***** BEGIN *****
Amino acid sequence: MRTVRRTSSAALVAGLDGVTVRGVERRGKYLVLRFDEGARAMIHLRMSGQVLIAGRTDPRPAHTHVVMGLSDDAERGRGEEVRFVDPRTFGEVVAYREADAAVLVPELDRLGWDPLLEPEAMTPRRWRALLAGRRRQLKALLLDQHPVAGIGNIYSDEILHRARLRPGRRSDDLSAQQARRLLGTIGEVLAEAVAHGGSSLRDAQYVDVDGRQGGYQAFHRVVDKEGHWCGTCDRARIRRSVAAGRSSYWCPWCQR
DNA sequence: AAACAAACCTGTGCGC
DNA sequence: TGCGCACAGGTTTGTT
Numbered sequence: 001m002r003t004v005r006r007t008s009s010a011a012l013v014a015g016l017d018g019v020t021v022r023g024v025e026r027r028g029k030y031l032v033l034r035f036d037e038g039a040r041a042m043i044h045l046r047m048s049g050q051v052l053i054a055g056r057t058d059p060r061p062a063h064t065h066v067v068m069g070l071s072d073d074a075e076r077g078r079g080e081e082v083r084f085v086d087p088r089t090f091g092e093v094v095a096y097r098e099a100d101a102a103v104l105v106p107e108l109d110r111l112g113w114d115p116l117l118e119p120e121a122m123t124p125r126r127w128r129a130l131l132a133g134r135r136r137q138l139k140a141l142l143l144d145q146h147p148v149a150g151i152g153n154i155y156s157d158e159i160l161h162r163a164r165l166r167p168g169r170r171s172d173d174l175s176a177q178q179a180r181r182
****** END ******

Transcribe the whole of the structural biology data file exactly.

Amino acid sequence: MRTVRRTSSAALVAGLDGVTVRGVERRGKYLVLRFDEGARAMIHLRMSGQVLIAGRTDPRPAHTHVVMGLSDDAERGRGEEVRFVDPRTFGEVVAYREADAAVLVPELDRLGWDPLLEPEAMTPRRWRALLAGRRRQLKALLLDQHPVAGIGNIYSDEILHRARLRPGRRSDDLSAQQARRLLGTIGEVLAEAVAHGGSSLRDAQYVDVDGRQGGYQAFHRVVDKEGHWCGTCDRARIRRSVAAGRSSYWCPWCQR
DNA sequence: AAACAAACCTGTGCGC
DNA sequence: TGCGCACAGGTTTGTT
Numbered sequence: 001m002r003t004v005r006r007t008s009s010a011a012l013v014a015g016l017d018g019v020t021v022r023g024v025e026r027r028g029k030y031l032v033l034r035f036d037e038g039a040r041a042m043i044h045l046r047m048s049g050q051v052l053i054a055g056r057t058d059p060r061p062a063h064t065h066v067v068m069g070l071s072d073d074a075e076r077g078r079g080e081e082v083r084f085v086d087p088r089t090f091g092e093v094v095a096y097r098e099a100d101a102a103v104l105v106p107e108l109d110r111l112g113w114d115p116l117l118e119p120e121a122m123t124p125r126r127w128r129a130l131l132a133g134r135r136r137q138l139k140a141l142l143l144d145q146h147p148v149a150g151i152g153n154i155y156s157d158e159i160l161h162r163a164r165l166r167p168g169r170r171s172d173d174l175s176a177q178q179a180r181r182